For example, Topolánek, the prime minister, made a speech in which he presented the Czech president as the main source of light and political inspiration for himself. On the other hand, the Green Party's Bursík offered a disgusting, hateful talk that has deeply offended the whole Civic Democratic Party and its neighborhood, including your humble correspondent. But let me also say that the speech by Martin Mejstřík, a former student leader of the Velvet Revolution, was equally disgraceful and painful.

The presidential election used to performed by a secret ballot by the Parliament throughout the Czech and Czechoslovak democratic history - except for 1918 when Masaryk, the liberator, was elected as the first president simply by a "stand up" and except for the 1989 elections when the communist deputies were forced to unanimously and publicly elect Václav Havel whom they were arresting just a few months before the Velvet Revolution started. ;-)

Secret or public: that is the question

The secret ballot is traditionally viewed as a more democratic solution because the "big brother" in the party isn't controlling (and thus influencing) your vote, something that has allowed the communists to have up to 101% of the population to "be" behind them. But the constitution allows both secret ballot and public vote, there is nothing wrong about either of them, and there was a lot of momentum behind a public vote this year, led by the social democrats who claimed that there could be morally problematic trades going on behind the scenes.

The Civic Democratic Party supporting Klaus (plus many independent traditionalist senators) preferred the secret ballot and by the way, it is pretty clear that the secret ballot helps Klaus because many social democrats (and others, including communists) would vote for Klaus in the secret but they are afraid to publicly irritate the big brothers (and the small sheep) in their party. So there was another reason behind the strategies: the Civic Democratic Party wanted a secret ballot but the social democrats preferred the new, untested public vote simply because they could do the math.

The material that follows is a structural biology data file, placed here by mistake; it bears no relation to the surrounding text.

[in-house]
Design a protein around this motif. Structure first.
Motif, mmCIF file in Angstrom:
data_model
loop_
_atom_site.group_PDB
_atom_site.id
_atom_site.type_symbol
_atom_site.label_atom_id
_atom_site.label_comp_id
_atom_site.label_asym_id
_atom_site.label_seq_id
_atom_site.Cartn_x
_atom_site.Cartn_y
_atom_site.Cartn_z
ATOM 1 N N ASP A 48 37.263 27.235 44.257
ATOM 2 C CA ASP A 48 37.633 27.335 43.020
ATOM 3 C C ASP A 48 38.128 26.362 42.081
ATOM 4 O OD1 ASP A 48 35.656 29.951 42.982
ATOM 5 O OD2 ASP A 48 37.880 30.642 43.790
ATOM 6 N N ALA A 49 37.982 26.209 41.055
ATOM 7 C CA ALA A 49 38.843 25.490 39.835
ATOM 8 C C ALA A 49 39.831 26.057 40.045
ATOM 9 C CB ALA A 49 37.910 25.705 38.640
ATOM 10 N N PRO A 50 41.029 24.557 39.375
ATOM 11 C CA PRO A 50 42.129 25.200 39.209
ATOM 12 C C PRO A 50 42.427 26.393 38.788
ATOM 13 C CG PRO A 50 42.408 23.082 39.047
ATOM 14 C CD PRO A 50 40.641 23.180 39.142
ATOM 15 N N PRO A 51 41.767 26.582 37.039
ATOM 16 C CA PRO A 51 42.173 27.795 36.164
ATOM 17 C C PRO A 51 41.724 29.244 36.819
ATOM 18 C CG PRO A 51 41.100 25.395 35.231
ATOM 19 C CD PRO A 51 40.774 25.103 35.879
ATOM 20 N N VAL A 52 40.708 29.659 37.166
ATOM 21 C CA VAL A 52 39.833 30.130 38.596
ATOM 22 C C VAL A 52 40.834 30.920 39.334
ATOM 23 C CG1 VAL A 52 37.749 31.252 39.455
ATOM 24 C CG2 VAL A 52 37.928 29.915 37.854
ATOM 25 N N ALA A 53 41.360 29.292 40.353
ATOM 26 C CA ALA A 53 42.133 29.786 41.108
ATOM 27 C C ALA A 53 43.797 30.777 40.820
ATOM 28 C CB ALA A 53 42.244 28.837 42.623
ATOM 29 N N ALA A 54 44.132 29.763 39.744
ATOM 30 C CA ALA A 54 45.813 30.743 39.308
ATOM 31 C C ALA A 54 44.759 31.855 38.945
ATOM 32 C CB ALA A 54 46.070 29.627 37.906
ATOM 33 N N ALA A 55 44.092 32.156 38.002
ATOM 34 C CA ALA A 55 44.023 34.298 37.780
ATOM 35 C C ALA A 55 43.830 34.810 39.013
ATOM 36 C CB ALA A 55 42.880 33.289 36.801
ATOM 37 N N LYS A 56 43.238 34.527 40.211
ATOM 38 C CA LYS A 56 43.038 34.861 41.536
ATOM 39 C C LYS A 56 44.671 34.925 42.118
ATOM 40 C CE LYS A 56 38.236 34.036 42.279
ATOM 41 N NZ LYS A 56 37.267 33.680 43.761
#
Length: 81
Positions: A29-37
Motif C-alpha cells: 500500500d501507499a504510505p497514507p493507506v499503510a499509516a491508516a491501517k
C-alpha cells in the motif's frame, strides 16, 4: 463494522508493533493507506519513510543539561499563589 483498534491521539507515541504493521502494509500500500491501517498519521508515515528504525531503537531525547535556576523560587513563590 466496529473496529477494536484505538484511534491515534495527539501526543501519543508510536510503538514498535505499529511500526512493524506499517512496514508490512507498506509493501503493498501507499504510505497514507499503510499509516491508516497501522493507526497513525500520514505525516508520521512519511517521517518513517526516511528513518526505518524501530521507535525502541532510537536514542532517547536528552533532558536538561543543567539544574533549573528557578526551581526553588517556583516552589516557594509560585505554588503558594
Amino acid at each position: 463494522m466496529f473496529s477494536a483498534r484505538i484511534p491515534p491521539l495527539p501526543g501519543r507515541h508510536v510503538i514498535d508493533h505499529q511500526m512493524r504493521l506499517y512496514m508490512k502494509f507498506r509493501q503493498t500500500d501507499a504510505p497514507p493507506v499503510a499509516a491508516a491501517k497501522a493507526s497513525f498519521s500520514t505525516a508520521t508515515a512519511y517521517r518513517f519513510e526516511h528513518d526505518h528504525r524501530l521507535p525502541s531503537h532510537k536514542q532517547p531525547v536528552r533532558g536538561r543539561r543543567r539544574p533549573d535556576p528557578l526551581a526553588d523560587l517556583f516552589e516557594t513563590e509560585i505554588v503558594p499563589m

It is widely believed that Klaus would have no problems whatsoever in the secret ballot elections.



There was a very complicated subtlety about the decision which procedure is adopted: the vote in the Spanish Hall of the Prague Castle (where I was a month ago to see Jazz on the Castle #39) included both the Senate and the Lower House. The Senate preferred a secret ballot while the Lower House slightly preferred a public vote. It turned out later that most of the people in the room wanted secret ballot. The question was how the diverse opinions of the two chambers should be put together.

A public vote trick & backlash

However, the speaker, Mr Vlček of the social democratic party, made a trick in the morning to guarantee that it would be a public vote. He decided that the representatives should vote about his proposal to elect the president by a secret ballot. It is very important that he didn't propose to make a public vote. Why? Because he knew that one of the chambers, namely the Lower House, would disapprove the secret ballot which would automatically mean that they would make a public vote. ;-)

If he made a mistake and proposed a public vote, it would also fail because one of the two bodies is enough to veto it which is why they would end up with secret ballot. ;-) So everything depended on him.

This trick was immediately attacked by Marek Benda and others. They cited various paragraphs and various speakers disagreed which of them was valid etc. Of course, most of the arguments had some rational core but there was no objective way (and no precedence) to decide which of the arguments is more important. These disagreements about the procedure haven't yet been tested in the Czech democratic political culture. Neither has been the public vote.